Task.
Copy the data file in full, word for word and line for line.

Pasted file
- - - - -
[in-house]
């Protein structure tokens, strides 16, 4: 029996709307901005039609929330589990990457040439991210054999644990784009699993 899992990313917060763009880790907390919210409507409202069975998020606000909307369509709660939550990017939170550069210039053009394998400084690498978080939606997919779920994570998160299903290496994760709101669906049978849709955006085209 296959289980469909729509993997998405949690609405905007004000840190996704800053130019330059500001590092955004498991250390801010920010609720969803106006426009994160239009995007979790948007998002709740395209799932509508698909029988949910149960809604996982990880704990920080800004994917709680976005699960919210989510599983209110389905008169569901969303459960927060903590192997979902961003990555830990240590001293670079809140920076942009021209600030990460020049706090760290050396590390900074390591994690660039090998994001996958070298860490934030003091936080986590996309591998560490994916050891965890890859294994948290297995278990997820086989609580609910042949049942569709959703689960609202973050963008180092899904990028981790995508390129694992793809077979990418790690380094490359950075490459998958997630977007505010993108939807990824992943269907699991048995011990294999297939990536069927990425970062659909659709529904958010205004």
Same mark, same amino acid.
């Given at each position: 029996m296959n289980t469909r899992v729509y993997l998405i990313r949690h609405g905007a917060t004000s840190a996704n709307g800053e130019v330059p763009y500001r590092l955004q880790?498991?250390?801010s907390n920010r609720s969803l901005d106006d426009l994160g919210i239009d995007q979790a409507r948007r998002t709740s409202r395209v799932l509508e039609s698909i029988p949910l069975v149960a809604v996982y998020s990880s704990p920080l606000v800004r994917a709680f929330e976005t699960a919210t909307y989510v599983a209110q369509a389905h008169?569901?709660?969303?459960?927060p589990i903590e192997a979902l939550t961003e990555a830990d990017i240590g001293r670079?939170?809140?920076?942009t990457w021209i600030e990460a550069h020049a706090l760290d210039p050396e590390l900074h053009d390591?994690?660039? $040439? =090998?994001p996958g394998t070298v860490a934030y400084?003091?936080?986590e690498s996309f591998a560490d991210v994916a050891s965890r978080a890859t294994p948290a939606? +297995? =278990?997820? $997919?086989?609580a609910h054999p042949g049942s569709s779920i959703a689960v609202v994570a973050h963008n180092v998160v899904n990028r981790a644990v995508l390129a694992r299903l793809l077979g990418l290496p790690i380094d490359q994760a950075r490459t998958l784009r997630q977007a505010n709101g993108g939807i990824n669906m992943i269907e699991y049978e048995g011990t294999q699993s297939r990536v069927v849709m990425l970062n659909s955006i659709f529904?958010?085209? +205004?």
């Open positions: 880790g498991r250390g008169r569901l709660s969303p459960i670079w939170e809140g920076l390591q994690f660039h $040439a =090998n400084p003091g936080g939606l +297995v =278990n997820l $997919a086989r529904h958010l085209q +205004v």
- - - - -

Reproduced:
[in-house]
């Protein structure tokens, strides 16, 4: 029996709307901005039609929330589990990457040439991210054999644990784009699993 899992990313917060763009880790907390919210409507409202069975998020606000909307369509709660939550990017939170550069210039053009394998400084690498978080939606997919779920994570998160299903290496994760709101669906049978849709955006085209 296959289980469909729509993997998405949690609405905007004000840190996704800053130019330059500001590092955004498991250390801010920010609720969803106006426009994160239009995007979790948007998002709740395209799932509508698909029988949910149960809604996982990880704990920080800004994917709680976005699960919210989510599983209110389905008169569901969303459960927060903590192997979902961003990555830990240590001293670079809140920076942009021209600030990460020049706090760290050396590390900074390591994690660039090998994001996958070298860490934030003091936080986590996309591998560490994916050891965890890859294994948290297995278990997820086989609580609910042949049942569709959703689960609202973050963008180092899904990028981790995508390129694992793809077979990418790690380094490359950075490459998958997630977007505010993108939807990824992943269907699991048995011990294999297939990536069927990425970062659909659709529904958010205004």
Same mark, same amino acid.
């Given at each position: 029996m296959n289980t469909r899992v729509y993997l998405i990313r949690h609405g905007a917060t004000s840190a996704n709307g800053e130019v330059p763009y500001r590092l955004q880790?498991?250390?801010s907390n920010r609720s969803l901005d106006d426009l994160g919210i239009d995007q979790a409507r948007r998002t709740s409202r395209v799932l509508e039609s698909i029988p949910l069975v149960a809604v996982y998020s990880s704990p920080l606000v800004r994917a709680f929330e976005t699960a919210t909307y989510v599983a209110q369509a389905h008169?569901?709660?969303?459960?927060p589990i903590e192997a979902l939550t961003e990555a830990d990017i240590g001293r670079?939170?809140?920076?942009t990457w021209i600030e990460a550069h020049a706090l760290d210039p050396e590390l900074h053009d390591?994690?660039? $040439? =090998?994001p996958g394998t070298v860490a934030y400084?003091?936080?986590e690498s996309f591998a560490d991210v994916a050891s965890r978080a890859t294994p948290a939606? +297995? =278990?997820? $997919?086989?609580a609910h054999p042949g049942s569709s779920i959703a689960v609202v994570a973050h963008n180092v998160v899904n990028r981790a644990v995508l390129a694992r299903l793809l077979g990418l290496p790690i380094d490359q994760a950075r490459t998958l784009r997630q977007a505010n709101g993108g939807i990824n669906m992943i269907e699991y049978e048995g011990t294999q699993s297939r990536v069927v849709m990425l970062n659909s955006i659709f529904?958010?085209? +205004?």
């Open positions: 880790g498991r250390g008169r569901l709660s969303p459960i670079w939170e809140g920076l390591q994690f660039h $040439a =090998n400084p003091g936080g939606l +297995v =278990n997820l $997919a086989r529904h958010l085209q +205004v």